Tsai, Wan-Hsiu Sunny, and Men, Rita Linjuan (2018). Social messengers as the new frontier of organization-public engagement: A WeChat study. Public Relations Review, 44(3), 419-429. https://doi.org/10.1016/j.pubrev.2018.04.004

Mobile-based social messengers have overtaken social networking sites as the new frontier for organizations to engage online stakeholders. Focusing on WeChat, one of the world’s most popular social messaging apps, this study examined whether and how 1) social messenger dependency, online privacy concerns, and perceived privacy of social messengers drives organization-public engagement (OPE) on WeChat, and 2) how public engagement influences organization-public relational outcomes. Results indicate that publics who see WeChat as an indispensable part of their life are more likely to capitalize on the various features of WeChat to engage with companies at a deeper level.

As a distinctive attraction of social messengers lies in the private communication environment, results revealed that OPE is fostered by the perceived privacy settings of WeChat as compared to other popular social media that are more public in nature. However, the effect of online privacy concern did not significantly impact OPE. Moreover, users who are more engaged with organizations via WeChat trust the organization more, are more satisfied with, and committed to the relationship with the organization. In sum, the strong positive effect of OPE via social messengers on organization-public relationship highlights the imperative of integrating the new platform into the corporate communication arsenal.

A Web survey was conducted in October 2016 with a random sample drawn from Chinese online research panels maintained by an international marketing research firm. The final sample included 859 WeChat users from diverse demographic groups. To participate in the online survey, respondents were first instructed to review their WeChat activities to identify and provide a company’s WeChat account that they had recently interacted with (e.g., browse, comment, share, exchange text/voice messages). They then answered questions regarding their privacy concerns, perceived privacy of WeChat, engagement activities with the company via WeChat, and relationships with the company.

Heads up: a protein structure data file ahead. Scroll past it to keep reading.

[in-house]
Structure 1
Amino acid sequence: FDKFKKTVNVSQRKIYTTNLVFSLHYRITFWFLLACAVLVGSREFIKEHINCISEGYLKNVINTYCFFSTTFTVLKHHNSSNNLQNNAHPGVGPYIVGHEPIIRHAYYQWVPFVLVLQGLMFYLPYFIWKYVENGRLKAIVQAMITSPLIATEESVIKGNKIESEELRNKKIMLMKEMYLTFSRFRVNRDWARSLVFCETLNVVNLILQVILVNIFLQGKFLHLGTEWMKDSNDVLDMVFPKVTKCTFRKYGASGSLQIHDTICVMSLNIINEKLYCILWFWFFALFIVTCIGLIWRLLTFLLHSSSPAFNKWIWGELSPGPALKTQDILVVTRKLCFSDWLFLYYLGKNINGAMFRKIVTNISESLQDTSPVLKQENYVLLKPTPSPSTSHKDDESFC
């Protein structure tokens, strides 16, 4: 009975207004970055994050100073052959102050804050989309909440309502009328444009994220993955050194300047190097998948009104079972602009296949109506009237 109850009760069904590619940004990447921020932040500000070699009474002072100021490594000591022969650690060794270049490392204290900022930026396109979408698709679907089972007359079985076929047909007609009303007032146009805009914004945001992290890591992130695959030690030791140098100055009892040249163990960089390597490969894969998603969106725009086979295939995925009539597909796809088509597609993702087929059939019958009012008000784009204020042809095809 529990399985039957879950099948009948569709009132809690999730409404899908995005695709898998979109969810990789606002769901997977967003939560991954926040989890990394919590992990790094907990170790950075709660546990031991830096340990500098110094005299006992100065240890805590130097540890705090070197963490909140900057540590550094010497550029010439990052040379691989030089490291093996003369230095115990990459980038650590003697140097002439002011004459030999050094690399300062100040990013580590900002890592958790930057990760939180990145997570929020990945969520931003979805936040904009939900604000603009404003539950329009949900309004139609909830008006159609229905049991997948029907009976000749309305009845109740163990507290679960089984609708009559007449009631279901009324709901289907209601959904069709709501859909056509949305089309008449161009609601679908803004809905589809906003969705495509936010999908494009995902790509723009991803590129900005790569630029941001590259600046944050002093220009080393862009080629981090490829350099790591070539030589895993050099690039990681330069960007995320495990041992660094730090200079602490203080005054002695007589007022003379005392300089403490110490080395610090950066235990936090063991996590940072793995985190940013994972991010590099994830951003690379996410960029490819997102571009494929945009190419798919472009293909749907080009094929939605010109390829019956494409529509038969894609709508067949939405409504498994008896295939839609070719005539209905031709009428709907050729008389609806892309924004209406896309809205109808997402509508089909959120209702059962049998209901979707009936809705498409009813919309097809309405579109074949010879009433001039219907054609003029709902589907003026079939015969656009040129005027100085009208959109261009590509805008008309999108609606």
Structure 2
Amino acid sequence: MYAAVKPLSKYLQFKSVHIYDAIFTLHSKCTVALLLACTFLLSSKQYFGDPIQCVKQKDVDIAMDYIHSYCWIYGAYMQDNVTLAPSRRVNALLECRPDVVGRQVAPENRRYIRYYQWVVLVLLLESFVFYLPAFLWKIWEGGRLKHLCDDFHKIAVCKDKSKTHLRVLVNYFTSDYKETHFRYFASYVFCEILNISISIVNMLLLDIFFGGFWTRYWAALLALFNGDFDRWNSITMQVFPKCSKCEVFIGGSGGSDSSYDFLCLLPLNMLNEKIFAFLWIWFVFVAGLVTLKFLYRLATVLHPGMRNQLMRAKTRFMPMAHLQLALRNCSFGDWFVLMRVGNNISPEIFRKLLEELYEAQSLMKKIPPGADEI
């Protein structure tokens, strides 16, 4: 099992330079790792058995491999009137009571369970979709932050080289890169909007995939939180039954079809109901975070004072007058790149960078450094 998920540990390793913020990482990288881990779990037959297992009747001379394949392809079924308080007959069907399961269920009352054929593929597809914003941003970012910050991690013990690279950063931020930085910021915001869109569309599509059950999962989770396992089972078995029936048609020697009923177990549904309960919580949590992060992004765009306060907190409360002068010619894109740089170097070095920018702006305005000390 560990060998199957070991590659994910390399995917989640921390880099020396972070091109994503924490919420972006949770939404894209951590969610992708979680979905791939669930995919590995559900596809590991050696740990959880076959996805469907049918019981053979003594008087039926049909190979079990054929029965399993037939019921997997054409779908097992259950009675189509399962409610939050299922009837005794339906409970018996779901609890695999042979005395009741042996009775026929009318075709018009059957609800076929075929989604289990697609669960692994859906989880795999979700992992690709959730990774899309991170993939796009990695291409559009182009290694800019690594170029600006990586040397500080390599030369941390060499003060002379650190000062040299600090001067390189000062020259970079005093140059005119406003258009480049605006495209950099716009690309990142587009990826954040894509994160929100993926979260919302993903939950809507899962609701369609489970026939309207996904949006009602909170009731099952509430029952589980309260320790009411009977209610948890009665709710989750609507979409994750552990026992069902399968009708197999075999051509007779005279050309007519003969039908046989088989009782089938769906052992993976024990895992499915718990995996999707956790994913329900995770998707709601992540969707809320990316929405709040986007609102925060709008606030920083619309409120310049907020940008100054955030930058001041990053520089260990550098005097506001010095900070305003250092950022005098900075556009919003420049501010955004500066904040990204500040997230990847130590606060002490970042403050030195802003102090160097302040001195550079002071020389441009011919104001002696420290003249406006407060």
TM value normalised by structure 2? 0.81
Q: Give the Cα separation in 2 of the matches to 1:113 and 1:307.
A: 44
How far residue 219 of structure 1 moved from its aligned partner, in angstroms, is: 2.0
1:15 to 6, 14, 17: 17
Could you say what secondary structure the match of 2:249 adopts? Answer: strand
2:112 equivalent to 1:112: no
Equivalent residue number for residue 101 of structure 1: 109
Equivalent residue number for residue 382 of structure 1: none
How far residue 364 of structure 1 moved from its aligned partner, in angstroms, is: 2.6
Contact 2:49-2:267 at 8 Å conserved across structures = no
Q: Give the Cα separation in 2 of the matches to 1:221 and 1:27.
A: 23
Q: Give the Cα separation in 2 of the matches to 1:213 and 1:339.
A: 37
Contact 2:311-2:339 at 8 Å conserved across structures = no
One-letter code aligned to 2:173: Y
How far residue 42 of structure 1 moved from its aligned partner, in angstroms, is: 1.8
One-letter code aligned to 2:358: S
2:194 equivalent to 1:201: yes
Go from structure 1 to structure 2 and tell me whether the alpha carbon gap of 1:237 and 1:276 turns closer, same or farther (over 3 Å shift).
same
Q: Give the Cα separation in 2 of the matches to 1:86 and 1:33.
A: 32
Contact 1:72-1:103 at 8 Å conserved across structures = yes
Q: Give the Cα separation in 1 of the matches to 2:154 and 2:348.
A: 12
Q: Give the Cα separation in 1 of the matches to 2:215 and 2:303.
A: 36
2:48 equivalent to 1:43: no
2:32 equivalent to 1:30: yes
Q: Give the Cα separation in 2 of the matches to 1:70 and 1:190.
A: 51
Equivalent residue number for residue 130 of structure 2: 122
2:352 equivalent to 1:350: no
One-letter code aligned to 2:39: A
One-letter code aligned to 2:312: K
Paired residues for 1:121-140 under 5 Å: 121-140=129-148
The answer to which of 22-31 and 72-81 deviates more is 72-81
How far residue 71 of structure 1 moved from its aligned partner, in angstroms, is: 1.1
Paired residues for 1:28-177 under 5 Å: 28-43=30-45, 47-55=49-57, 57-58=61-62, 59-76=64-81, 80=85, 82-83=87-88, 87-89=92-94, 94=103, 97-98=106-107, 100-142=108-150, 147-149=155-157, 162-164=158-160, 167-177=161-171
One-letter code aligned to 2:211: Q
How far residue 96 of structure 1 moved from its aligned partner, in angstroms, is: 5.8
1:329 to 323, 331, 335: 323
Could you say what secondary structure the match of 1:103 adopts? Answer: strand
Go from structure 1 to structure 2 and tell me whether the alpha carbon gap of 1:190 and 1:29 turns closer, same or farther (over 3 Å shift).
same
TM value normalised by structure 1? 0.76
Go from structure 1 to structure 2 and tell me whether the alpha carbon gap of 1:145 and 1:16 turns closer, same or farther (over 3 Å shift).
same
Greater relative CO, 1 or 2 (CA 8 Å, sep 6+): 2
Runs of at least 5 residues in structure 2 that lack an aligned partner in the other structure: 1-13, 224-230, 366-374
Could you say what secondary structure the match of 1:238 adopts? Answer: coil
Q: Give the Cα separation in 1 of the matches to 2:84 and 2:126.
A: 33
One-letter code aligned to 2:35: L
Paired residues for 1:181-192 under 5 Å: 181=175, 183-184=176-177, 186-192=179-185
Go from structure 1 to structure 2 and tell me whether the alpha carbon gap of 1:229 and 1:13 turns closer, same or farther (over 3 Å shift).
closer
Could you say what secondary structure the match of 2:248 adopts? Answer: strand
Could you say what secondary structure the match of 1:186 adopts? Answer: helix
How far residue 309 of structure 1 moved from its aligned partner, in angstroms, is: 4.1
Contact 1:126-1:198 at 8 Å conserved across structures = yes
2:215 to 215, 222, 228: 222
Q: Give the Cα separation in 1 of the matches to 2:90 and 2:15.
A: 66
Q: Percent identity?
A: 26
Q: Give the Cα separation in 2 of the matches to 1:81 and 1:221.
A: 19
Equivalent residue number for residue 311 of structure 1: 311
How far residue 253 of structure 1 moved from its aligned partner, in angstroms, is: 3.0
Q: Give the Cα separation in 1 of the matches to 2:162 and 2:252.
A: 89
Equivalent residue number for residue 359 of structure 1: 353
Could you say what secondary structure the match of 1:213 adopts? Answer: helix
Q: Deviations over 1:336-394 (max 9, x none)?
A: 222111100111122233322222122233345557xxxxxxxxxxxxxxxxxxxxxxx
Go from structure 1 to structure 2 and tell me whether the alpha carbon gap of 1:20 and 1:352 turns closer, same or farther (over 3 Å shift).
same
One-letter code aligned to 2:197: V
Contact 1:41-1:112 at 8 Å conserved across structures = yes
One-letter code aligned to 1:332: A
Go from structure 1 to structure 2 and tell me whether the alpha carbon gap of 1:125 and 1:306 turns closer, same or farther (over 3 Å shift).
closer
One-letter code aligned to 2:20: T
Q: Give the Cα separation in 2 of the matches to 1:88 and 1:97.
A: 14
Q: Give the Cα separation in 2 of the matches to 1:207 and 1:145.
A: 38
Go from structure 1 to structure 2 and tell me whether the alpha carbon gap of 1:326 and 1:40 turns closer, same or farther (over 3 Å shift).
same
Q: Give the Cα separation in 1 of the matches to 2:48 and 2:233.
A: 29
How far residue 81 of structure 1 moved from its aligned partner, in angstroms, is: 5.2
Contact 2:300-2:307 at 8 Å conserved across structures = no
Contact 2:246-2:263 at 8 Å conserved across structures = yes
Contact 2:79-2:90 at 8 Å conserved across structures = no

Key Findings

  • Around 75 percent of respondents followed more than three companies on WeChat, including 23 percent who followed more than 10 companies.
  • Publics were predominantly engaged with companies on WeChat via one-way message reception and consumption activities, and did not fully utilized the two-way interpersonal features to exchange text, voice, or multi-media messages directly with the company.
  • The users who were more dependent on WeChat were more likely to engage with companies through browsing messages from the company, replying the company’s posts and other users’ comments on its official account, and chatting with the company’s WeChat representative via private messages.
  • Users who believed WeChat to be a more private platform than other social media (e.g., Renren or Weibo) were more likely to engage with companies via WeChat.
  • Organization-public engagement via WeChat demonstrated strong positive effects on the key relational outcomes of trust, satisfaction, and commitment.

Implications for Practice
This study attests to the advantages of social messengers for organizations’ digital engagement and relationship building efforts. Given that social messenger dependency drives the level of public engagement, users’ dependency intensity constitutes a key segmentation criterion as organizations adjust the direction and focus of their engagement efforts to meet the demands of the constantly evolving media landscape.

Organizations should also capitalize on the private, intimate design of social messengers by developing interpersonal-oriented, one-on-one communication strategies. To stay true to the private conversational setting, organizations can adopt interpersonal communication strategies, such as personifying themselves with the aid of popular emojis and stickers, to engage publics and thereby humanize the corporate brand to build a deeper bond with users.

Article Location
The full article is available at: https://www.sciencedirect.com/science/article/abs/pii/S0363811117300838

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Heidy Modarelli handles Growth & Marketing for IPR. She has previously written for Entrepreneur, TechCrunch, The Next Web, and VentureBeat.
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